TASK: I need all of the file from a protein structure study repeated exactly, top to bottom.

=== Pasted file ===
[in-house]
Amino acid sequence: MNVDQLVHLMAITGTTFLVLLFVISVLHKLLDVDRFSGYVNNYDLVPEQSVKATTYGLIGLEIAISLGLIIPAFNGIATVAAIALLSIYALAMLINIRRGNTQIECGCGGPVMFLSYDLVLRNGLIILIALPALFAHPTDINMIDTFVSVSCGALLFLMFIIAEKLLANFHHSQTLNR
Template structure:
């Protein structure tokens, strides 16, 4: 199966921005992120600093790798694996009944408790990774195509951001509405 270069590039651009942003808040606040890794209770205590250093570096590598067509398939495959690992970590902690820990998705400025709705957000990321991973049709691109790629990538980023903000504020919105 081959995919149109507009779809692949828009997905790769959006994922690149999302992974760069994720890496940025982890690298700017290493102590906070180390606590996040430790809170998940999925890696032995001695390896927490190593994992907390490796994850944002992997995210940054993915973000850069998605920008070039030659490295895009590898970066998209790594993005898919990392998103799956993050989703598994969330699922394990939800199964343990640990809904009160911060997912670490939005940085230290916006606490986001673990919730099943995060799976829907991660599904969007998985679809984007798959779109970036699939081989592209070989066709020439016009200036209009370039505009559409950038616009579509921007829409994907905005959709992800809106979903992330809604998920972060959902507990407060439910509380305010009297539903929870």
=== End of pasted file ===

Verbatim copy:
[in-house]
Amino acid sequence: MNVDQLVHLMAITGTTFLVLLFVISVLHKLLDVDRFSGYVNNYDLVPEQSVKATTYGLIGLEIAISLGLIIPAFNGIATVAAIALLSIYALAMLINIRRGNTQIECGCGGPVMFLSYDLVLRNGLIILIALPALFAHPTDINMIDTFVSVSCGALLFLMFIIAEKLLANFHHSQTLNR
Template structure:
């Protein structure tokens, strides 16, 4: 199966921005992120600093790798694996009944408790990774195509951001509405 270069590039651009942003808040606040890794209770205590250093570096590598067509398939495959690992970590902690820990998705400025709705957000990321991973049709691109790629990538980023903000504020919105 081959995919149109507009779809692949828009997905790769959006994922690149999302992974760069994720890496940025982890690298700017290493102590906070180390606590996040430790809170998940999925890696032995001695390896927490190593994992907390490796994850944002992997995210940054993915973000850069998605920008070039030659490295895009590898970066998209790594993005898919990392998103799956993050989703598994969330699922394990939800199964343990640990809904009160911060997912670490939005940085230290916006606490986001673990919730099943995060799976829907991660599904969007998985679809984007798959779109970036699939081989592209070989066709020439016009200036209009370039505009559409950038616009579509921007829409994907905005959709992800809106979903992330809604998920972060959902507990407060439910509380305010009297539903929870």